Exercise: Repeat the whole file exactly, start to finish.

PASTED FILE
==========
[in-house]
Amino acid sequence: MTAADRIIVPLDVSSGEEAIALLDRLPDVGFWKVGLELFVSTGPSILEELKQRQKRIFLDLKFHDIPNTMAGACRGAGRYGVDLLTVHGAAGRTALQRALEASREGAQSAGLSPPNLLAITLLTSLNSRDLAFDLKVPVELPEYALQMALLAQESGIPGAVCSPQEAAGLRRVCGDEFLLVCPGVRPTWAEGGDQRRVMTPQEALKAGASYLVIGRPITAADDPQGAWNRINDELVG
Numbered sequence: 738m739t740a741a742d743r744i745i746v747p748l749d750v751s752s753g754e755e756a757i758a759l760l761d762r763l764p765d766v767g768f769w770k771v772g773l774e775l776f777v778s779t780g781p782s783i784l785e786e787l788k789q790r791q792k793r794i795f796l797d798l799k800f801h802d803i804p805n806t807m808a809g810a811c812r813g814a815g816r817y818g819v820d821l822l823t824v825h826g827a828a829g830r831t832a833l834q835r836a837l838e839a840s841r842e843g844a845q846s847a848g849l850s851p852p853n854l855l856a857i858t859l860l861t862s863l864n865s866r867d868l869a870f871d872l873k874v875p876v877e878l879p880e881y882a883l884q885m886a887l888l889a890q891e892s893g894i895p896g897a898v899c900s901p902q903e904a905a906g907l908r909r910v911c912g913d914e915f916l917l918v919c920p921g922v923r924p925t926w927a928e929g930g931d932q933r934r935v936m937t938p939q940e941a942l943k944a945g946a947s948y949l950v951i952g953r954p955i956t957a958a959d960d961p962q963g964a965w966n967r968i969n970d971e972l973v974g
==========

[in-house]
Amino acid sequence: MTAADRIIVPLDVSSGEEAIALLDRLPDVGFWKVGLELFVSTGPSILEELKQRQKRIFLDLKFHDIPNTMAGACRGAGRYGVDLLTVHGAAGRTALQRALEASREGAQSAGLSPPNLLAITLLTSLNSRDLAFDLKVPVELPEYALQMALLAQESGIPGAVCSPQEAAGLRRVCGDEFLLVCPGVRPTWAEGGDQRRVMTPQEALKAGASYLVIGRPITAADDPQGAWNRINDELVG
Numbered sequence: 738m739t740a741a742d743r744i745i746v747p748l749d750v751s752s753g754e755e756a757i758a759l760l761d762r763l764p765d766v767g768f769w770k771v772g773l774e775l776f777v778s779t780g781p782s783i784l785e786e787l788k789q790r791q792k793r794i795f796l797d798l799k800f801h802d803i804p805n806t807m808a809g810a811c812r813g814a815g816r817y818g819v820d821l822l823t824v825h826g827a828a829g830r831t832a833l834q835r836a837l838e839a840s841r842e843g844a845q846s847a848g849l850s851p852p853n854l855l856a857i858t859l860l861t862s863l864n865s866r867d868l869a870f871d872l873k874v875p876v877e878l879p880e881y882a883l884q885m886a887l888l889a890q891e892s893g894i895p896g897a898v899c900s901p902q903e904a905a906g907l908r909r910v911c912g913d914e915f916l917l918v919c920p921g922v923r924p925t926w927a928e929g930g931d932q933r934r935v936m937t938p939q940e941a942l943k944a945g946a947s948y949l950v951i952g953r954p955i956t957a958a959d960d961p962q963g964a965w966n967r968i969n970d971e972l973v974g